Have you ever gone to load your kayak by yourself, only to find that it's…
Being able to relax on your kayak with a drink and a bite to eat is one of life’s simple pleasures. Finding that perfect sunny spot to kick back and relax, cracking open a can, only to find that… it’s gone lukewarm. You need a kayak cooler.
A kayak cooler is a lightweight and portable cooler that can be strapped or stored on a kayak. The cooler keeps food and drinks chilled, no matter how long you stay on the water. But with so many to pick from, how do you know which kayak cooler is right for you?
Whether you’re after a massive capacity ice chest, or a foldable and portable cooler bag, we’ve rounded up the best options for kayak coolers. With one of these onboard, you never have to worry about damp sandwiches and lukewarm drinks again!
5 Best Kayak Coolers
Yeti has become the biggest name in coolers, and it’s a well deserved reputation. A Yeti cooler can keep your ice frozen for days across a long trip, and the exceptional designs make them incredibly easy to use.
For the Kayak, we recommend the Yeti Hopper Flip 12. But honestly, you can’t go wrong with any Yeti.
The Yeti Hopper is a soft shell cooler, but it behaves like a hard shell when it comes to cold retention. The ColdCell insulation traps the cold in, while the Hydrolok Zipper stops any chill (and water) from leaking out.
The DryHide shell completes the excellent design, providing a waterproof and puncture resistant material that's also resistant to UV rays.
Able to hold up to 12 cans, the Hopper Flip 12 has a large mouth for the easiest of access. The shoulder strap feels comfortable, and carry handles allow for hitching and an easy hold.
The only real disadvantage to the Yeti cooler is the price. These are not budget coolers, and if you only need a cooler for the occasional casual day trip, then it may not be worth the cost.
But Yeti coolers are durable, so you can get a lot of use out of it.
- ColdCell insulation - Impressive cold retention, perhaps the best on the market.
- Hydrolok Zipper - Stops any leakages.
- DryHide shell - UV, water, and puncture resistant, for increased durability.
- Price - It might be the best around, but Yeti comes with a high price tag.
Also available to purchase at
Best Floating Cooler
The benefit of a floating cooler is that it doesn't matter how short on space the kayak is — you always have room for the cooler.
The CreekKooler is one of the best floating coolers we’ve tried. It stays buoyant even when fully loaded, and adds minimal drag to the kayak.
The dynamic shaping of the CreekKooler moves with the wake of the kayak, rather than against it. Even once you’ve packed this cooler with the 30 cans it claims to hold, it still floats well.
Two inches of insulation are injected into the walls of the CreekKooler, creating an ice retention of 48 hours.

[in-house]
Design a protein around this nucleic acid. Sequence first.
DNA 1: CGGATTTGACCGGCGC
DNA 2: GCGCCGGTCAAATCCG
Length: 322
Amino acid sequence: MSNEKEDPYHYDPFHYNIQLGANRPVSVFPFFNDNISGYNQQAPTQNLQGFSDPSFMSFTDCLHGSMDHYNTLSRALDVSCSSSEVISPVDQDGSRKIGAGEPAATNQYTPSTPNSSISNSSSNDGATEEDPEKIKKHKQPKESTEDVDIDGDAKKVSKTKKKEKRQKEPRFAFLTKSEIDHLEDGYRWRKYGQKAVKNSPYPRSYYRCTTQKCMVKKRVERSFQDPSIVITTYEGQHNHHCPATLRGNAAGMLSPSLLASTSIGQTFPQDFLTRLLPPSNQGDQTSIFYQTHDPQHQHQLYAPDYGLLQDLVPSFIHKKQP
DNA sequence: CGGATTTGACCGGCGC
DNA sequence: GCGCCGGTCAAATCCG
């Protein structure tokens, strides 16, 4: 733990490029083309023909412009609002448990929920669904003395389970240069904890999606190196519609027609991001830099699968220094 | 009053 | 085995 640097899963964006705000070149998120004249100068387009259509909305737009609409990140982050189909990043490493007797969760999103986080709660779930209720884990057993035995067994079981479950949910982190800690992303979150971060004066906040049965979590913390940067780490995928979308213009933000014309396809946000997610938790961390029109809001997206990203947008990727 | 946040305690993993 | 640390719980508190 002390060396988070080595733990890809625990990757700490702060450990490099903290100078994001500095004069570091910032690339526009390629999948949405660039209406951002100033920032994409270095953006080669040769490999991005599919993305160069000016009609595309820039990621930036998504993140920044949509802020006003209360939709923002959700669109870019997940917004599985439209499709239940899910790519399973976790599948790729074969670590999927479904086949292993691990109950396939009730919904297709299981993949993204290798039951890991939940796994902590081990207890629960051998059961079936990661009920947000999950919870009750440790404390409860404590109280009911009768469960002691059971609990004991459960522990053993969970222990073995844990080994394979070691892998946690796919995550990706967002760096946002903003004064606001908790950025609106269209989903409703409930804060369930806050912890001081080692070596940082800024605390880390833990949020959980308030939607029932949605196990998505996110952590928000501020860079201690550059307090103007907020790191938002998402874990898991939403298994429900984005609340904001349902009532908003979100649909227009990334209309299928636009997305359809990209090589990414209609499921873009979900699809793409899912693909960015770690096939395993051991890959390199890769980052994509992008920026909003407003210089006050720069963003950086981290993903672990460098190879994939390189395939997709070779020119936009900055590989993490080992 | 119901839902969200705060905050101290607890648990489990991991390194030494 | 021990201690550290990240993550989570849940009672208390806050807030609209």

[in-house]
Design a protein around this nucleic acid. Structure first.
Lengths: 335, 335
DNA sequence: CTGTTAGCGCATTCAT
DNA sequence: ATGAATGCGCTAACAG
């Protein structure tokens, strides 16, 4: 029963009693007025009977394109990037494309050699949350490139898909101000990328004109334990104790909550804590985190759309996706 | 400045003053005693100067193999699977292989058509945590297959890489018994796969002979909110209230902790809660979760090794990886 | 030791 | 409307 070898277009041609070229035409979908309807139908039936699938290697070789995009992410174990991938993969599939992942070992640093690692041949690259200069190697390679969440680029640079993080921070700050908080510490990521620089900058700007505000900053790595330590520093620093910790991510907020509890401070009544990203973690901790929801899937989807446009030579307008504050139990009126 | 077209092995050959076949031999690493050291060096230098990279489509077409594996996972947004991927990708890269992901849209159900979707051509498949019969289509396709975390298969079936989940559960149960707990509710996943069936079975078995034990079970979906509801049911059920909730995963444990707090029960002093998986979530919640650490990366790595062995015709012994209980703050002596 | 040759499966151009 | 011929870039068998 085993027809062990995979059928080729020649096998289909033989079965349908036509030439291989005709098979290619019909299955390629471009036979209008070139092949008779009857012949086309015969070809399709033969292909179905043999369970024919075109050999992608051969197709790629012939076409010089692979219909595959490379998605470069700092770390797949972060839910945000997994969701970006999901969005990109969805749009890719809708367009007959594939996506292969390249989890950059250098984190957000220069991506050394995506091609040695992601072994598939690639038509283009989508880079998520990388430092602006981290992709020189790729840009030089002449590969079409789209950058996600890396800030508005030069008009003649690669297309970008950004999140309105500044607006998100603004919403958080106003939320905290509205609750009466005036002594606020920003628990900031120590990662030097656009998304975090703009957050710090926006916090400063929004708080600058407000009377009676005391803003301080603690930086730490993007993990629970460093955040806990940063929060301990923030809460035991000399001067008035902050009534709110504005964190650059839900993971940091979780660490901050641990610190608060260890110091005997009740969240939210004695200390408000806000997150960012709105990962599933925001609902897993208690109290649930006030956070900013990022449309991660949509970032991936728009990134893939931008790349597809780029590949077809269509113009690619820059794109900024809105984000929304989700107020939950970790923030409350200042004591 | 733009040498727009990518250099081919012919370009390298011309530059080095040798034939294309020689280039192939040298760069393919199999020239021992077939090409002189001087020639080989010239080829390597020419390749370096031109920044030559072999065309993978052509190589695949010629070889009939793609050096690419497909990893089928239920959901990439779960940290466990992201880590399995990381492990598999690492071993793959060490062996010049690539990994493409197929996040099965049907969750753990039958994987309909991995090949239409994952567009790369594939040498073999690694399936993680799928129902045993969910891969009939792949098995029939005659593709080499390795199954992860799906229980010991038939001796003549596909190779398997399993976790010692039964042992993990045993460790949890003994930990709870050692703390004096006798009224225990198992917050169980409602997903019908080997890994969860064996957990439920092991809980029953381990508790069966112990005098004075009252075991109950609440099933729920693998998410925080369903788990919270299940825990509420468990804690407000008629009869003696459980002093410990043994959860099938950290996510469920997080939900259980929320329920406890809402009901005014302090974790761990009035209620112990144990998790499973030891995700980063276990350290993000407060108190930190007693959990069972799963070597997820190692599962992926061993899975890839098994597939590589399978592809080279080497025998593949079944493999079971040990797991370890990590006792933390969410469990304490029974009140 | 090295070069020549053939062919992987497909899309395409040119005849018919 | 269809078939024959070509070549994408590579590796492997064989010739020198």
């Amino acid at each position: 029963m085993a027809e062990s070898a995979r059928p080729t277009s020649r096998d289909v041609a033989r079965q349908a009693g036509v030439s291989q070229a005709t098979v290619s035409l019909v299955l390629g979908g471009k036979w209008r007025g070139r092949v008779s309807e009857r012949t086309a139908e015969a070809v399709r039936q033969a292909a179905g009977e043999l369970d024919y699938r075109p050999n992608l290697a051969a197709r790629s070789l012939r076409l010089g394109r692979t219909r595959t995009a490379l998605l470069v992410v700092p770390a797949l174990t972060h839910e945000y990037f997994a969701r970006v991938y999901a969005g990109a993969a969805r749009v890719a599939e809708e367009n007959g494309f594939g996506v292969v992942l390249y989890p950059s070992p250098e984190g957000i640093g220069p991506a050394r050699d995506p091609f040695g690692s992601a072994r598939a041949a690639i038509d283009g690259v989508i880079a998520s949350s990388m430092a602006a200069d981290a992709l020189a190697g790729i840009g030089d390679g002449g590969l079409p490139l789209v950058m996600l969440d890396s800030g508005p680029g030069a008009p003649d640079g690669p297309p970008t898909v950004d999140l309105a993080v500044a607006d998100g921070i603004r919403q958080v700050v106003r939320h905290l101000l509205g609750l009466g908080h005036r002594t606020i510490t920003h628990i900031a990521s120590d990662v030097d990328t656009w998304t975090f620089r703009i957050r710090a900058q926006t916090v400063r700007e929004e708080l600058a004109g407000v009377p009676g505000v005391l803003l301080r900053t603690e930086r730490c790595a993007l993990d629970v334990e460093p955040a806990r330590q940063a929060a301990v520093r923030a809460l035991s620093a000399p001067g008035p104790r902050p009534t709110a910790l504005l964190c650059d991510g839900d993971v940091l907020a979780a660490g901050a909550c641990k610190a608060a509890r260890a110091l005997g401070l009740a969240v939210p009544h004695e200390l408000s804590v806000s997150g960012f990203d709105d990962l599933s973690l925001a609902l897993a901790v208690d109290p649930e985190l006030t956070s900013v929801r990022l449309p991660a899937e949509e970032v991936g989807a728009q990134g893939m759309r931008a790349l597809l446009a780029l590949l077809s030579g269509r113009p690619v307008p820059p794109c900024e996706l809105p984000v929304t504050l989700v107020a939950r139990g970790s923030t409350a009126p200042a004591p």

The dual-wall blow molded construction keeps this cold locked in, and the watertight lid keeps everything else out.
And to finish it all off, the CreekKooler comes with 4 molded drinks holders, so you can enjoy a drink on the water!
Floating coolers such as the CreekKooler are less maneuverable, and the unusual shaping can make them difficult to pack. But for long trips and small kayaks, the CreekKooler is excellent. It means you never have to choose between your beers and your gear again!
- Watertight seal - Keeps the cool trapped, while preventing water from leaking in.
- Injected insulation - 48 hour ice retention.
- 4 drinks holders - Molded drinks holders add extra functionality.
- Difficult to pack - The CreekKooler can hold a lot, but getting it all in there is a bit of a puzzle.
CreekKooler.com and REI.com.
Best Hard Cooler
The Engel 19 Quart Cooler is an excellent option for a hard shell cooler. It’s airtight, waterproof, and surprisingly affordable. However, with such a bulky and unyielding shape, the Engel is only good if you have the room for it.
The Engel cooler is roomy, able to store up to 32 cans at once. The airtight EVA gasket installed around the edge of the lid is unique, and helps keep the cold locked in.
It also means that if your cooler gets wet, the insides stay dry. There’s also a removable hanging tray that can be used to keep your dry goods safe.
The Engel works as both a hard shell cooler, and a dry box. Use it as extra storage to keep moisture and dust off your valuables. It can also adapt into a fishing cooler, although serious anglers should look for something shaped.
A recessed carry handle makes the Engel cooler maneuverable, but the shoulder strap isn’t great quality. It feels uncomfortable on the shoulder, and doesn’t have the durability of the box itself.